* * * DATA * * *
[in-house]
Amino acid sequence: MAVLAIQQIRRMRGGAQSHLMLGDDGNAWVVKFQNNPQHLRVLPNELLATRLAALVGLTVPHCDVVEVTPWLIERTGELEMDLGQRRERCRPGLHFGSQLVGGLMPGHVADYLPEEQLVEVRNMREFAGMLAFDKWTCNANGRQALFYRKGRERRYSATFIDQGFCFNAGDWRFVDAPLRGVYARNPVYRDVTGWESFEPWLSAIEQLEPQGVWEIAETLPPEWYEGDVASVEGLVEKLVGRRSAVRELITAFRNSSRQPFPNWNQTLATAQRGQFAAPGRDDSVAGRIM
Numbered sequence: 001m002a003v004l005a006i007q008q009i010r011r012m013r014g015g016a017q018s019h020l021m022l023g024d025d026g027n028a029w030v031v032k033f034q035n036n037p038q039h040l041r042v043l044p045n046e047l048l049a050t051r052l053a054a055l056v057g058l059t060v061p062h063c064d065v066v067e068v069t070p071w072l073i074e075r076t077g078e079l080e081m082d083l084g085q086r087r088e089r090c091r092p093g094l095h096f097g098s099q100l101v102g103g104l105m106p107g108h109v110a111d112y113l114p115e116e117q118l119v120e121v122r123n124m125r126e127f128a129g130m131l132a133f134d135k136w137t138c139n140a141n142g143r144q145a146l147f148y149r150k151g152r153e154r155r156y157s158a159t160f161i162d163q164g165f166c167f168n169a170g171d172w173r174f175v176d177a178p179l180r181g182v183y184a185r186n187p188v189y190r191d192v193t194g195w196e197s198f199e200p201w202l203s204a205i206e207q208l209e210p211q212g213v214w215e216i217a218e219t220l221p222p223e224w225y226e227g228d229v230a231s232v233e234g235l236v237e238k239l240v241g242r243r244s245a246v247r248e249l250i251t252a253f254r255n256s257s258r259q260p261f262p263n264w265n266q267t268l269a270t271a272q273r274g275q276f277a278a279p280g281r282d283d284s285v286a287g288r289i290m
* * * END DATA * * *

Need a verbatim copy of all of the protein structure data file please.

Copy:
[in-house]
Amino acid sequence: MAVLAIQQIRRMRGGAQSHLMLGDDGNAWVVKFQNNPQHLRVLPNELLATRLAALVGLTVPHCDVVEVTPWLIERTGELEMDLGQRRERCRPGLHFGSQLVGGLMPGHVADYLPEEQLVEVRNMREFAGMLAFDKWTCNANGRQALFYRKGRERRYSATFIDQGFCFNAGDWRFVDAPLRGVYARNPVYRDVTGWESFEPWLSAIEQLEPQGVWEIAETLPPEWYEGDVASVEGLVEKLVGRRSAVRELITAFRNSSRQPFPNWNQTLATAQRGQFAAPGRDDSVAGRIM
Numbered sequence: 001m002a003v004l005a006i007q008q009i010r011r012m013r014g015g016a017q018s019h020l021m022l023g024d025d026g027n028a029w030v031v032k033f034q035n036n037p038q039h040l041r042v043l044p045n046e047l048l049a050t051r052l053a054a055l056v057g058l059t060v061p062h063c064d065v066v067e068v069t070p071w072l073i074e075r076t077g078e079l080e081m082d083l084g085q086r087r088e089r090c091r092p093g094l095h096f097g098s099q100l101v102g103g104l105m106p107g108h109v110a111d112y113l114p115e116e117q118l119v120e121v122r123n124m125r126e127f128a129g130m131l132a133f134d135k136w137t138c139n140a141n142g143r144q145a146l147f148y149r150k151g152r153e154r155r156y157s158a159t160f161i162d163q164g165f166c167f168n169a170g171d172w173r174f175v176d177a178p179l180r181g182v183y184a185r186n187p188v189y190r191d192v193t194g195w196e197s198f199e200p201w202l203s204a205i206e207q208l209e210p211q212g213v214w215e216i217a218e219t220l221p222p223e224w225y226e227g228d229v230a231s232v233e234g235l236v237e238k239l240v241g242r243r244s245a246v247r248e249l250i251t252a253f254r255n256s257s258r259q260p261f262p263n264w265n266q267t268l269a270t271a272q273r274g275q276f277a278a279p280g281r282d283d284s285v286a287g288r289i290m